Two: Alabama has the better injury situation. Yes, Tide fans would love to have Eddie Jackson in the defensive backfield, and we don’t know the extent of Marlon Humphrey’s leg injury, but Florida may have as many as nine starters out for this game.  Florida State showed what can happen when the Gator backups start wearing down in the late stages of the game, down a couple of scores. Combine that with an Alabama offense that closed out the Iron Bowl by killing nine minutes off the clock in just that situation, and I think it’s heavy advantage Alabama there.

You can’t finish 15-0 unless you get to 13-0. And I think that Alabama will do just that. They may start slowly; Hurts will probably be good for at least one freshman turnover, and the defense might finally let an opponent in their end zone. But in the end, I just don’t think Florida can hang with an Alabama team that is more talented, healthier, and deeper without playing the collective game of their lives. Alabama wins 27-7. 13-0.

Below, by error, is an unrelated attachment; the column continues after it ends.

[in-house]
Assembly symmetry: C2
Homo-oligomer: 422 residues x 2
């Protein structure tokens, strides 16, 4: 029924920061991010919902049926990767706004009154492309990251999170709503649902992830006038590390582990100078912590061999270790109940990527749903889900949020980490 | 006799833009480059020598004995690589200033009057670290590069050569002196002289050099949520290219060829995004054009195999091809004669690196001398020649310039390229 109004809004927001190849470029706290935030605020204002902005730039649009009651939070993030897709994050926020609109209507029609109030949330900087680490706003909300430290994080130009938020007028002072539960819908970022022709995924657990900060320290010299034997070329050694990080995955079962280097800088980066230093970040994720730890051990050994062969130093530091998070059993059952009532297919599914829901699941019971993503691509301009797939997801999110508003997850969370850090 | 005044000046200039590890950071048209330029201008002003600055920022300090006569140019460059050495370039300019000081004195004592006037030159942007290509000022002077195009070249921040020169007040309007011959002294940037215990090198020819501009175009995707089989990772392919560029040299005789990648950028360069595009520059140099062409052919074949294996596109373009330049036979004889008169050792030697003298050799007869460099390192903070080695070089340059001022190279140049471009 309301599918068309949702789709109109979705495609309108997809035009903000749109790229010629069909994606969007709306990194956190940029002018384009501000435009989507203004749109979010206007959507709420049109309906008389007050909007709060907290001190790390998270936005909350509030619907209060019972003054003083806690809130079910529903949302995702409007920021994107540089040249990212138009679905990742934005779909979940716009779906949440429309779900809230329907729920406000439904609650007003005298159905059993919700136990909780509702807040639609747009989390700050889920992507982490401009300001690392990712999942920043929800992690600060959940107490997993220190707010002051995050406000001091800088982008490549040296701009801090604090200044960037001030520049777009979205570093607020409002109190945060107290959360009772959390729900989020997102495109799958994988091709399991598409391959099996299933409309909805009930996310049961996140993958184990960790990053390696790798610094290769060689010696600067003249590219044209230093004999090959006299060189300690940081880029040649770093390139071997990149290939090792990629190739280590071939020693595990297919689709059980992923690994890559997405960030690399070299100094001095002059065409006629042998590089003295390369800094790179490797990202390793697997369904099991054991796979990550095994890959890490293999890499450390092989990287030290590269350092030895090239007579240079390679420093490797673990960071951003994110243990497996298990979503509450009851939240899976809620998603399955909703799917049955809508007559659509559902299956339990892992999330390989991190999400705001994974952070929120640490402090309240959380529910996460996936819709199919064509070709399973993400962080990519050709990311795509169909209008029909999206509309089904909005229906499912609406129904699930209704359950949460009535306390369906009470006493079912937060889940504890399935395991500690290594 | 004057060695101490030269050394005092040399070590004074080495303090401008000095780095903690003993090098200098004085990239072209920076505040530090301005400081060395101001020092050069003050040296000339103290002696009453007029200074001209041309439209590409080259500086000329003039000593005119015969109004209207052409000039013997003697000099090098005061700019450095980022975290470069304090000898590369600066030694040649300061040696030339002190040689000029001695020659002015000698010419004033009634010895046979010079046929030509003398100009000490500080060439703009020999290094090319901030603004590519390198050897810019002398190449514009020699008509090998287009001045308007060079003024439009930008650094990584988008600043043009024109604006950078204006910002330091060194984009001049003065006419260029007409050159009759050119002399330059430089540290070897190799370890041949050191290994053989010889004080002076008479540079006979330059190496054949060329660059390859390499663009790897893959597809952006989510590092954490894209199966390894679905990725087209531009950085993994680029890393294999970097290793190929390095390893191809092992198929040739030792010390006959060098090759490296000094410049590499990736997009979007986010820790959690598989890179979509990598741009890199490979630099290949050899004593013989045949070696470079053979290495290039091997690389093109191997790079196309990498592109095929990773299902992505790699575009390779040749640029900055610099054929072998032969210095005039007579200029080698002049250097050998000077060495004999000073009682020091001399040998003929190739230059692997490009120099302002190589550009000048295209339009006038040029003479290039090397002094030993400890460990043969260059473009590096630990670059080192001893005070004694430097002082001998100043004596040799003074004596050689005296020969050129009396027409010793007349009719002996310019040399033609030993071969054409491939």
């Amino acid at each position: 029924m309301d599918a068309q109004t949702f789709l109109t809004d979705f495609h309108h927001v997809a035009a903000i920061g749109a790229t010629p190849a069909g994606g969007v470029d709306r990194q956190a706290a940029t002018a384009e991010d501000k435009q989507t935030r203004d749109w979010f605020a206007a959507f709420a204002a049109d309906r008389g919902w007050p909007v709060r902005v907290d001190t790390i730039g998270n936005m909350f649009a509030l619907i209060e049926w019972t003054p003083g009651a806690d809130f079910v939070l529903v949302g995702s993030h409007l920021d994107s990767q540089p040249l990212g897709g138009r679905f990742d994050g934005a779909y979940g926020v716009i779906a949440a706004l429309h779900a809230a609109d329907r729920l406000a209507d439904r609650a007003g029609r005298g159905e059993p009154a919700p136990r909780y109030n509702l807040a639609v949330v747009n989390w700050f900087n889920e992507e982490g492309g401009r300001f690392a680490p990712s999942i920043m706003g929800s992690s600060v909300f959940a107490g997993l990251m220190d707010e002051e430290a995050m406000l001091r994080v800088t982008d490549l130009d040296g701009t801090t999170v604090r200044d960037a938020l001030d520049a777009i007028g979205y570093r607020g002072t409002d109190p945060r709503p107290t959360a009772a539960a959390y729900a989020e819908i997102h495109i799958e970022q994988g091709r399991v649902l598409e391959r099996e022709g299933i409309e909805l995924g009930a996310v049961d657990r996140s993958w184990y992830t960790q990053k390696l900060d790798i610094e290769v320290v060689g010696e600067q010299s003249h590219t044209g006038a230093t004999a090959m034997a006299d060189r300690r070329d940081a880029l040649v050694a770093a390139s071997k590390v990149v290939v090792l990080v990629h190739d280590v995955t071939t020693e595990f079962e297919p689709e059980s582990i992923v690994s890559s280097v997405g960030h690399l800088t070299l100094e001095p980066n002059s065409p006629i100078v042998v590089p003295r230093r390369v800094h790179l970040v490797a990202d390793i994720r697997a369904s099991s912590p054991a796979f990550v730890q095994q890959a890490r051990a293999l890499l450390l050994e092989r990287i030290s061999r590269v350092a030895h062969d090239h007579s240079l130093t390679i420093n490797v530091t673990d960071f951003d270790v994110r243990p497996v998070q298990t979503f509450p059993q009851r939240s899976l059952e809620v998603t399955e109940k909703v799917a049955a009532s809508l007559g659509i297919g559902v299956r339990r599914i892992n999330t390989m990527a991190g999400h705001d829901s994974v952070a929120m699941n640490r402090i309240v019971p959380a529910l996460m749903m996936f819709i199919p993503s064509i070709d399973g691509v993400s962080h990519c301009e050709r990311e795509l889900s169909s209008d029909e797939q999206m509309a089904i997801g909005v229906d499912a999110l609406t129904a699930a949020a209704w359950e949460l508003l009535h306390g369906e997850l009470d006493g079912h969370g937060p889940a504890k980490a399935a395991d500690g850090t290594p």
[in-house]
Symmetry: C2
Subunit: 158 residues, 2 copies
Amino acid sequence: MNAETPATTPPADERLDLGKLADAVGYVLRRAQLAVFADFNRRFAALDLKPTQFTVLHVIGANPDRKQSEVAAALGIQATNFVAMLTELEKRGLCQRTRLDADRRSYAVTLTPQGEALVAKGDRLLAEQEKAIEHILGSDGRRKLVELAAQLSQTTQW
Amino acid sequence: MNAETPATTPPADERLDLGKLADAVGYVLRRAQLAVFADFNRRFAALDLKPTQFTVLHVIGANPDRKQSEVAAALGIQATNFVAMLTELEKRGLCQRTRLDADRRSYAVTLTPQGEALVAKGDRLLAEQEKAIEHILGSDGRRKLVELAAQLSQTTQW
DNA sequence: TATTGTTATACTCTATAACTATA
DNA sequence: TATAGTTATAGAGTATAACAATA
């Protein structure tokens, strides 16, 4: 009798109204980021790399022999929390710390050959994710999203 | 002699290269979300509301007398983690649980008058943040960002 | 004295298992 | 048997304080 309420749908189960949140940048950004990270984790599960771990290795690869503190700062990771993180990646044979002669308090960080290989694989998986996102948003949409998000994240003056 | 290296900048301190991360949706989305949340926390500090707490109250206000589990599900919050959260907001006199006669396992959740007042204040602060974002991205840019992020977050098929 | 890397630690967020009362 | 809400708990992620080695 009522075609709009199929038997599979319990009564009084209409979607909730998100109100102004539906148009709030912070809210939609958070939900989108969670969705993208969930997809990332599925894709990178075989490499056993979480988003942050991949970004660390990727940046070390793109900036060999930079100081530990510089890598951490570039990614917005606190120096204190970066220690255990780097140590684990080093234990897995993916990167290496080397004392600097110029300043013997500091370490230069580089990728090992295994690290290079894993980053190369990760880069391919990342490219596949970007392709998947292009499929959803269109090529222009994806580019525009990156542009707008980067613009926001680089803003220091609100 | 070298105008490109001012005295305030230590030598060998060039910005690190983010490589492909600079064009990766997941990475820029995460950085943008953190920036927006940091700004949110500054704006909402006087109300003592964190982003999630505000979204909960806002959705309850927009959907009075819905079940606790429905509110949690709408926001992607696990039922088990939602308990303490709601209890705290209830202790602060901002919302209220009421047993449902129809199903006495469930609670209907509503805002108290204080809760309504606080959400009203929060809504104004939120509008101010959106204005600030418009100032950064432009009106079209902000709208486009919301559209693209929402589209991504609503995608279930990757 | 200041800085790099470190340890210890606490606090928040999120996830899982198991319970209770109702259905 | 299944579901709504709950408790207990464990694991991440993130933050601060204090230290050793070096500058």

2016 Alabama football season guess

I would say “prognostication” or something more grandiose, but let’s face it.  My thoughts are really nothing more than a wet finger in the air based on a certain amount of knowledge, but quite a bit of luck as well.  It probably should be said that when it comes to Alabama football, I generally fall somewhere between realist and pessimist.  I don’t tend to overestimate what Tide teams do.  In fact, I wouldn’t have picked three of our teams to win the national title in the last seven years (the exception was 2012, if you’re interested; I, like almost seemingly everyone else, thought Ohio State would win it last year).  But I thought it might be interesting to have this post for posterity once the season concludes and to see how close I came.  So here’s a quick game-by-game breakdown of the season.